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Predictable: Malaysia Airlines Has Not Been Able To Sell Any Of Its Airbus A380s

In this week's least surprising news, Malaysia Airlines hasn't managed to offload any of their six A380s after advertising them for sale online. The Kuala Lumpur-based airline has had the planes for sale since July last year and has periodically plugged them ever since to potential buyers on mainstream and social media platforms. But there aren't many people in the market for a used A380 these days. ( More...

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Richard Loven 7
There’s always a buyer for the right price.
Thomas Frisch 14
Great pity. For the passenger, the A380 is one of the most comfortable airliners ever built: spacious, quiet and fast. For the pilot, a joy to fly.
James Kelly 1
No joy for the company paying the pilot. The 380 is a nightmare. Novelty at best

[This comment has been downvoted. Show anyway.]

Juan Jimenez 6
And UK, and Germany and Spain, among many, many others.
Rpger Jones 4
What I dont get…. If US airlines cant find enough pilots, why not reduce the number of flights on popular routes and fly bigger planes? Sure, customers wont have as many choices, but at least they will have a higher level of confidence that the flight wont get cancelled.
srobak 6
This is something I've been wondering for a couple of decades and it is related to what you're stating.

Having lived around Chicago for 15 years and flown in and out of O'Hare and Midway more times a month than is possible to count - to this day I do not understand why a lot of the airlines will fly multiple small commuter or 737 or a320 all to the same destination within an hour or two instead of tasking an ultrawide with double to quadruple the capacity at less frequency save with wider gaps in between.

The amount of congestion both at the gate and in the air not to mention taxiing that is caused by four to six planes all from the same airline all going to the same destination within 30 minutes to an hour is ridiculous. Gates have been overcrowded for decades because of this and too many mishaps on the ramps or the taxiways as well.

Plus aircraft on approach and a departing schedules. I think O'Hare alone could eliminate 30% of its congestion and tightly packed schedule by the airline simply switching to larger aircraft and less frequency to same destinations. just doesn't make any sense.
Joe Birts 1
Pilots have to be trained for different aircraft, being trained in a B737 doesn't mean you can fly an A380. Also maintenance, & crew considerations.
Michael Dendo 4
Why not lease them to Emirates who needs capacity.
srobak 3
Emirates has been decommissioning their 380s as well.
srobak 7
Well - in all honesty, they need to just put them back in service and start doing routes from all over the Asian-Pacific to the US and Europe again. There's no reason not to. With China Eastern out of the mix, ANA, JAL, KA and PAL flights are literally bursting at the seams and haven't been bothering to overbook in quite some time.

It's either that - or drop the price of the aircraft to something more reasonable and maybe one of those airlines will pick up a few.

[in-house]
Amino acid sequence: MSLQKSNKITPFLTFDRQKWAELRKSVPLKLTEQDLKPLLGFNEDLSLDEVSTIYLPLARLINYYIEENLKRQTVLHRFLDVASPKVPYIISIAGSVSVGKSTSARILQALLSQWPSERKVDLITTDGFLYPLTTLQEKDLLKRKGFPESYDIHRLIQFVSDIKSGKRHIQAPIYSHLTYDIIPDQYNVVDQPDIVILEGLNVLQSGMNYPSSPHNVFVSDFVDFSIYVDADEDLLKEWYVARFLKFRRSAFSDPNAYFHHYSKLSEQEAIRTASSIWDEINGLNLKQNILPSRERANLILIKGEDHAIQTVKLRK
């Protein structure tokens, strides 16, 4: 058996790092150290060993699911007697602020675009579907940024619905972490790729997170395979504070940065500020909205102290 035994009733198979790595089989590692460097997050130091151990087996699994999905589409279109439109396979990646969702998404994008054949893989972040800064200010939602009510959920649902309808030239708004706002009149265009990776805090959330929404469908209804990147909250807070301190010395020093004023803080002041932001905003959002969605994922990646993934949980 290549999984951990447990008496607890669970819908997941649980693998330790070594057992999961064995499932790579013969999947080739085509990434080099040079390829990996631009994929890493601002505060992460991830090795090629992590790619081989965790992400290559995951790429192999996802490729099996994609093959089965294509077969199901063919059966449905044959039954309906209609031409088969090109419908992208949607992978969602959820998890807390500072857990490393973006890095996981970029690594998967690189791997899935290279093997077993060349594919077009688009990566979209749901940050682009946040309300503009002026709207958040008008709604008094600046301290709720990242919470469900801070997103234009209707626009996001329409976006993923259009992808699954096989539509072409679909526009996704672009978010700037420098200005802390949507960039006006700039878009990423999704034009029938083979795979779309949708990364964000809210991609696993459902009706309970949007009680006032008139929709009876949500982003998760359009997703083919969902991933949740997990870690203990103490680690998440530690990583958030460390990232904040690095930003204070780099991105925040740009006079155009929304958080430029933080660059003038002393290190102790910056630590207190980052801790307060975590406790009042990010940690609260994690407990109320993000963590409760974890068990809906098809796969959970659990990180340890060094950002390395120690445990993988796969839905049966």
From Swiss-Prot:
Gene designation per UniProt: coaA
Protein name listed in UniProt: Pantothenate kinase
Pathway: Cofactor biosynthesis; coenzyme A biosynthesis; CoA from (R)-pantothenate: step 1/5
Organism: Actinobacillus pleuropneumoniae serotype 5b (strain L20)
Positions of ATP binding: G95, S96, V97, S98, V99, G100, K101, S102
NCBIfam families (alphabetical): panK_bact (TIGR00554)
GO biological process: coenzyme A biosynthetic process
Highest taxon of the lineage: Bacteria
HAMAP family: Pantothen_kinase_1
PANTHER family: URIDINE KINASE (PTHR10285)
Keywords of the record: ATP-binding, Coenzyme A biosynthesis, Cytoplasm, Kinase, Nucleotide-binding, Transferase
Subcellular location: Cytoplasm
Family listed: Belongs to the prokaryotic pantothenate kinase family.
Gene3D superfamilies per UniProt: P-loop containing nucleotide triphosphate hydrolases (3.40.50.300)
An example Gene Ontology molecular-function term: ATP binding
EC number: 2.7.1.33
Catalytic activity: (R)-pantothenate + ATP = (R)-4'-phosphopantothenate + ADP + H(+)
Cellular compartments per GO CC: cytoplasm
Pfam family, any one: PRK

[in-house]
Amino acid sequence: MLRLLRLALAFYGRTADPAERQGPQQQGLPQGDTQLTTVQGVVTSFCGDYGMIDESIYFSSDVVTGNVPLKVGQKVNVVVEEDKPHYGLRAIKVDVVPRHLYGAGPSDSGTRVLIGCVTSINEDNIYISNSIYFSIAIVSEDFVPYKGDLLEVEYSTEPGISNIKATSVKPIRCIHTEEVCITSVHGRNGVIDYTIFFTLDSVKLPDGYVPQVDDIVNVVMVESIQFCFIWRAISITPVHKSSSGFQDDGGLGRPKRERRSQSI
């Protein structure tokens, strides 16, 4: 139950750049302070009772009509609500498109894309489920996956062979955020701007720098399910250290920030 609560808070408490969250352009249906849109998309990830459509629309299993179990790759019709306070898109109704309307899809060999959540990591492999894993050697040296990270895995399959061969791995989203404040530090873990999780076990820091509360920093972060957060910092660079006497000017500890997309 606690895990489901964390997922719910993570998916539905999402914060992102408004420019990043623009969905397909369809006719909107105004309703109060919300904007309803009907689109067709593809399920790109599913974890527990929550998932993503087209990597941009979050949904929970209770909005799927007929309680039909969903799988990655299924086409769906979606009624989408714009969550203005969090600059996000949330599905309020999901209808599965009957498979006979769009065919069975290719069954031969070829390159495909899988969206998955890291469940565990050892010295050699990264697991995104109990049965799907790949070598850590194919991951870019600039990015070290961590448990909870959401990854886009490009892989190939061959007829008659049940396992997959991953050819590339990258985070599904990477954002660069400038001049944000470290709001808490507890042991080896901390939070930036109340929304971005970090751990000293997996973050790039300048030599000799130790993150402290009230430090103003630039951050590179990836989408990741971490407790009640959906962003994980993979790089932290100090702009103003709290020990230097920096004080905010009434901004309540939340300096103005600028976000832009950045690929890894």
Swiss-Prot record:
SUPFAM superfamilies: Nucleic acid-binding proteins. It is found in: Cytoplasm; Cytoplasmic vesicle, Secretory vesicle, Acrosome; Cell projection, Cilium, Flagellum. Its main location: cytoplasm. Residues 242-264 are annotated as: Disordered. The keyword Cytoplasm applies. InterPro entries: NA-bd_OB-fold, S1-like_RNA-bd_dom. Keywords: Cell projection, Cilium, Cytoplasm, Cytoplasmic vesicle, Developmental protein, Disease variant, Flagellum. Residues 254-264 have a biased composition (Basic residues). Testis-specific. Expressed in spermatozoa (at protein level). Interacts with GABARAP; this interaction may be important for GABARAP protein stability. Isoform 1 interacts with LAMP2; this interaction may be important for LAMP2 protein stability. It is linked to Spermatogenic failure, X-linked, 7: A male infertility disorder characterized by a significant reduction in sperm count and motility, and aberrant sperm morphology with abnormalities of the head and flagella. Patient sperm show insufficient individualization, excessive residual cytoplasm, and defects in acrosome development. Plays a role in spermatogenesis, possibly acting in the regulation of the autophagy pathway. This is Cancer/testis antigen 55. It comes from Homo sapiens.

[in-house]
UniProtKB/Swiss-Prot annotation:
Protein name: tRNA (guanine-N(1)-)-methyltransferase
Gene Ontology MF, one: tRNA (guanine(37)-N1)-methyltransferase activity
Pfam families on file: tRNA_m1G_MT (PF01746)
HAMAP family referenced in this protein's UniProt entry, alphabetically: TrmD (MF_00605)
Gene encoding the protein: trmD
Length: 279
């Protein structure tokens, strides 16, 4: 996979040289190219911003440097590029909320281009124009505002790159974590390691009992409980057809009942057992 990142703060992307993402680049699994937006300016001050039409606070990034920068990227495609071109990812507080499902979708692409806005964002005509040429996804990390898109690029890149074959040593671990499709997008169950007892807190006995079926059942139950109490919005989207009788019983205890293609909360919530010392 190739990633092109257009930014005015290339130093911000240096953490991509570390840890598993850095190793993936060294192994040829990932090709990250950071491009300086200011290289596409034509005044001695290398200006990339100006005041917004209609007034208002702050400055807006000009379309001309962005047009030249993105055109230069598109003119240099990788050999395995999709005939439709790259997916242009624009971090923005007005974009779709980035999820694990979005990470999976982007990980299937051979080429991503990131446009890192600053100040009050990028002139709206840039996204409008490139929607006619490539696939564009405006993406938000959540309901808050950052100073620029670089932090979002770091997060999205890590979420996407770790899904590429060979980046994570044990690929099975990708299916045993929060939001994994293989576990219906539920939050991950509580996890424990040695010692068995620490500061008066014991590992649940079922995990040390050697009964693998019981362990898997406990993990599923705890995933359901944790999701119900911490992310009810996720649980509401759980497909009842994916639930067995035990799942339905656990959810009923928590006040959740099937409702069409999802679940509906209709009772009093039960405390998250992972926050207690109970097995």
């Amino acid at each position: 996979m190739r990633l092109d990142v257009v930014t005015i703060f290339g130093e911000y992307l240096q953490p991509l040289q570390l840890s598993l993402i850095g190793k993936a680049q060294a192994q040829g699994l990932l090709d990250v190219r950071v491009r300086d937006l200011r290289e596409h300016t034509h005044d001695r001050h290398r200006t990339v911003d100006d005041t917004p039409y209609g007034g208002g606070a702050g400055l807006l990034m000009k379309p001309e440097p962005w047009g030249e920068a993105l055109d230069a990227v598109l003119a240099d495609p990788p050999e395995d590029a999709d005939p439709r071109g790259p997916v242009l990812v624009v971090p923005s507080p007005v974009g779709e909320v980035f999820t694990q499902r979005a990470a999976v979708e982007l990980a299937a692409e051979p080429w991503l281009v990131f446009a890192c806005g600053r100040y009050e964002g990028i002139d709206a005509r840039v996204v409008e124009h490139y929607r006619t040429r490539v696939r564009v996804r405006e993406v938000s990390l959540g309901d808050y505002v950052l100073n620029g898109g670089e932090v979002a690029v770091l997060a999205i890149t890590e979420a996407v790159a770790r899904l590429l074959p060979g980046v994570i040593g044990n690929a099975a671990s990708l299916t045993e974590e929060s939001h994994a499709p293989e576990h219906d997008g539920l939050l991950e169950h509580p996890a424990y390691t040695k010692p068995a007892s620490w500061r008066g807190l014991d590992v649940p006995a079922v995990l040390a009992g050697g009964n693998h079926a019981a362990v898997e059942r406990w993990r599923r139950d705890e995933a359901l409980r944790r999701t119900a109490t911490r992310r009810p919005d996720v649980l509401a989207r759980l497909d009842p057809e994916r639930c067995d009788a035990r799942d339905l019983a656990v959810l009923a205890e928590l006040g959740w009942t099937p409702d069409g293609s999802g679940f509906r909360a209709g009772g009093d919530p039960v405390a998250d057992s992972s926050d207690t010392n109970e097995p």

It is a fantastic aircraft all around - both for passengers and crew.
Ken McIntyre 9
White elephant. Figuratively and literally.
Artie7998 3
I don't think that word means what you think it means
--Inigo Montoya
Joe Keifer 2
John Kerry may be in the market for one at least fractionally. His current ride is in need of majors on the engines.
I'm more interested what's happening to the Boeing 737
Bill Overdue 1
Dunno, buy new ones for the same price?
srobak 3
They haven't been made in over a year, and those units were already spoken for.
Dale Johnson 1
why can't they use it as a cargo plane?
srobak 1
Requires reengineering the structural design. Some are being converted but very few because of the expense involved in redoing the structure
bentwing60 2
Please show a current link that any are being converted to cargo, not box (fedex, upsco) haulers. It ain't so.
Chris B 1
White tail wet leasing to other airlines has limited potential. Keeps crews active.

Won't work for any airline that still has A380's still parked.
Outsmarted by Boeing.

[This comment has been downvoted. Show anyway.]

Rob Palmer -4
How about putting them all on the North Atlantic as a shuttle by some consortium? Flying slower or with smaller engines would save a lot of fuel, which is the consideration today.
You make that sound so trivially easy. Think about what you suggest. And you overlook the extreme infrastructure required on both ends of every flight.

James Simms 3
That’s like suggesting placing homeless Vets in abandoned military bases & ships. Sounds great, but once you look @ why military bases are left to rot in place because of remediation of asbestos, lead paint, any other hazardous wastes costs more than is remotely profitable. THEN bringing everything up to current codes including ADA & electrical AND providing Fire, EMT, & Law Enforcement. Same goes for retired ships, there’s a reason they’re sold to the scrappers for a penny or dollar.
srobak 0
Having been a victim of BRAC and watching the devastation it cost first hand - I can tell you that it would have been a lot easier and affordable to convert them over time and at the time of closure rather than to simply leave them abandoned outright. It actually costs more to demo them now than it would have to convert them 20-30 years ago when brac started swinging it's axe around and shuttered 400 bases.
srobak 1
Devastation it caused - not cost (although that too)
Joe Birts 1
Don't think smaller engines would get you anywhere or even off the ground.


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